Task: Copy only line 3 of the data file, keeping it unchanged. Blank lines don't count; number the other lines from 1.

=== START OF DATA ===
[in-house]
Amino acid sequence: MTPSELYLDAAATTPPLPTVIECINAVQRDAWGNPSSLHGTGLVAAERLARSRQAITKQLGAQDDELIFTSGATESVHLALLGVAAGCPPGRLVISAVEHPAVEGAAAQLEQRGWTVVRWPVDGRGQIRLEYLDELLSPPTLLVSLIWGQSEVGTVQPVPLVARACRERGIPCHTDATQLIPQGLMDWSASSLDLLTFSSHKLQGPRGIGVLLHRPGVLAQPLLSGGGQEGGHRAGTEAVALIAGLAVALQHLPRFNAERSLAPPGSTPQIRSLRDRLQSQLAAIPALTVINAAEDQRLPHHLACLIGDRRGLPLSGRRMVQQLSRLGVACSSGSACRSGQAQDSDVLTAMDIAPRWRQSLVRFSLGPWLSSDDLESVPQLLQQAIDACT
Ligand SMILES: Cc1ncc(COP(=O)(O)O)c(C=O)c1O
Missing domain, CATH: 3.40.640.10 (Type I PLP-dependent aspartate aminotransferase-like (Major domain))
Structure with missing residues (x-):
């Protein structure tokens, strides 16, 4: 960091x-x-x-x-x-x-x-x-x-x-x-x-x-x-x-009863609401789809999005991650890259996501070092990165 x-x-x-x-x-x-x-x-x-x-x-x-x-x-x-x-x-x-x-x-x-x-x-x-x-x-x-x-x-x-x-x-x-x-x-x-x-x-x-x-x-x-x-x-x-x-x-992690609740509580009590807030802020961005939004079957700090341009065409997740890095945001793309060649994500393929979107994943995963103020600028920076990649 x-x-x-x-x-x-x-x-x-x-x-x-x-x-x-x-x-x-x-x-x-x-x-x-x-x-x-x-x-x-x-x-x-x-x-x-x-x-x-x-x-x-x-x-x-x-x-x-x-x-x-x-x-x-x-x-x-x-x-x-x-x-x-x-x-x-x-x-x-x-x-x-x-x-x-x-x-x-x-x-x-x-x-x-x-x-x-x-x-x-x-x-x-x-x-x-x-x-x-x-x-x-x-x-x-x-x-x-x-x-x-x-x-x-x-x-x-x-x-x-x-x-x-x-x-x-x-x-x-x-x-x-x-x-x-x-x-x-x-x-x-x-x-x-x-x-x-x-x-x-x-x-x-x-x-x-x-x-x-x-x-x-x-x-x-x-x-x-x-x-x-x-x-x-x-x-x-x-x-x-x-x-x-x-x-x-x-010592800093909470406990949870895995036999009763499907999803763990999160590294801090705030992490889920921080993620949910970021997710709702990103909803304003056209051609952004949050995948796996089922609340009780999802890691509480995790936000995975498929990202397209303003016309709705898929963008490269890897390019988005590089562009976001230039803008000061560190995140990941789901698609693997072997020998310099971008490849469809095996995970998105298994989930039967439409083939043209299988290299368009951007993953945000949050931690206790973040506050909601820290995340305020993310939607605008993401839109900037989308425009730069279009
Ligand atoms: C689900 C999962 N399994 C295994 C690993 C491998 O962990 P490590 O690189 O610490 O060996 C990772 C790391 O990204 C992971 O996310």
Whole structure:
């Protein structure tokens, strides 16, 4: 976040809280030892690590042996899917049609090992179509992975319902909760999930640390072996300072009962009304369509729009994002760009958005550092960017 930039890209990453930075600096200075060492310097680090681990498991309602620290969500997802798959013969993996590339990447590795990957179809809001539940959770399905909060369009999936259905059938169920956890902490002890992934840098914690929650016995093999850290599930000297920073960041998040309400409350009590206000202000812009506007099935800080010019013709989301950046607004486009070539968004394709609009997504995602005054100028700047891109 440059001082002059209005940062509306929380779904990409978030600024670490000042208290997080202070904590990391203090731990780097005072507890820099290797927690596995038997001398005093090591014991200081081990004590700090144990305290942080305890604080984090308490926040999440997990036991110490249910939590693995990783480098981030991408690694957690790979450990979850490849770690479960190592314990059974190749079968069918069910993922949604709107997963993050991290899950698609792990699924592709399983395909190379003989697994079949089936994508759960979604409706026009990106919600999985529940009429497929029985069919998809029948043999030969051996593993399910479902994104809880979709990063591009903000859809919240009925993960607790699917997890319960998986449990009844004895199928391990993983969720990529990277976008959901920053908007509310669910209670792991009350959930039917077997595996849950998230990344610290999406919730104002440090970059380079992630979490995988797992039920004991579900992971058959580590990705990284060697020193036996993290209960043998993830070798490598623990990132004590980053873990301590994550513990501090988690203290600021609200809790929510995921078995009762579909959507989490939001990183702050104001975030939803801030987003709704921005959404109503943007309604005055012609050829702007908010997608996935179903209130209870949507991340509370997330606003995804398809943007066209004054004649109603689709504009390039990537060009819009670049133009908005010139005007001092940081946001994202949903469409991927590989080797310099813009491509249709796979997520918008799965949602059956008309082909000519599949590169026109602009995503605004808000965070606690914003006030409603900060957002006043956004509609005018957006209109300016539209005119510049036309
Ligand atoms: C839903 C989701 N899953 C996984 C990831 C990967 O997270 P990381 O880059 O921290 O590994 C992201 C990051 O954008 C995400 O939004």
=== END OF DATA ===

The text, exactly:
Ligand SMILES: Cc1ncc(COP(=O)(O)O)c(C=O)c1O